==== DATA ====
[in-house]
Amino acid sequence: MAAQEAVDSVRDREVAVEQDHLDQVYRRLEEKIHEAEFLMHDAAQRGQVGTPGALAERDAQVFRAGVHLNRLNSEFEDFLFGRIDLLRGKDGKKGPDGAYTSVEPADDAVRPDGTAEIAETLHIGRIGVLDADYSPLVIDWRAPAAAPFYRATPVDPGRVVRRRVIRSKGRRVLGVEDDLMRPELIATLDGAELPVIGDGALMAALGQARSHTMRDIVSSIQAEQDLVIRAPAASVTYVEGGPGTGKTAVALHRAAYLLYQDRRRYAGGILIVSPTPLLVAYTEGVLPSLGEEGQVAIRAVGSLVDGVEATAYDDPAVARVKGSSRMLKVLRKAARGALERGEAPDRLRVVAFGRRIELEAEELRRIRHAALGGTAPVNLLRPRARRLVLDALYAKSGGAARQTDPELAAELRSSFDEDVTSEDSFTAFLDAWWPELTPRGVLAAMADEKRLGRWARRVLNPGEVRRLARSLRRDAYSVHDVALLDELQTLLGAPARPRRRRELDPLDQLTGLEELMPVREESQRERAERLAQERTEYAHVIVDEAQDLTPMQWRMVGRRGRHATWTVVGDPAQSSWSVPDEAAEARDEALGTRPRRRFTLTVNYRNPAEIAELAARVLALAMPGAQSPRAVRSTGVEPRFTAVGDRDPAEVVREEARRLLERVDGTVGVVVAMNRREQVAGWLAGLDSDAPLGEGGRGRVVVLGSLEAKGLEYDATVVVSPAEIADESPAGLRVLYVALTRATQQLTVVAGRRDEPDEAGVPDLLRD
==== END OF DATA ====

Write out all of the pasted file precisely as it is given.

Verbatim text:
[in-house]
Amino acid sequence: MAAQEAVDSVRDREVAVEQDHLDQVYRRLEEKIHEAEFLMHDAAQRGQVGTPGALAERDAQVFRAGVHLNRLNSEFEDFLFGRIDLLRGKDGKKGPDGAYTSVEPADDAVRPDGTAEIAETLHIGRIGVLDADYSPLVIDWRAPAAAPFYRATPVDPGRVVRRRVIRSKGRRVLGVEDDLMRPELIATLDGAELPVIGDGALMAALGQARSHTMRDIVSSIQAEQDLVIRAPAASVTYVEGGPGTGKTAVALHRAAYLLYQDRRRYAGGILIVSPTPLLVAYTEGVLPSLGEEGQVAIRAVGSLVDGVEATAYDDPAVARVKGSSRMLKVLRKAARGALERGEAPDRLRVVAFGRRIELEAEELRRIRHAALGGTAPVNLLRPRARRLVLDALYAKSGGAARQTDPELAAELRSSFDEDVTSEDSFTAFLDAWWPELTPRGVLAAMADEKRLGRWARRVLNPGEVRRLARSLRRDAYSVHDVALLDELQTLLGAPARPRRRRELDPLDQLTGLEELMPVREESQRERAERLAQERTEYAHVIVDEAQDLTPMQWRMVGRRGRHATWTVVGDPAQSSWSVPDEAAEARDEALGTRPRRRFTLTVNYRNPAEIAELAARVLALAMPGAQSPRAVRSTGVEPRFTAVGDRDPAEVVREEARRLLERVDGTVGVVVAMNRREQVAGWLAGLDSDAPLGEGGRGRVVVLGSLEAKGLEYDATVVVSPAEIADESPAGLRVLYVALTRATQQLTVVAGRRDEPDEAGVPDLLRD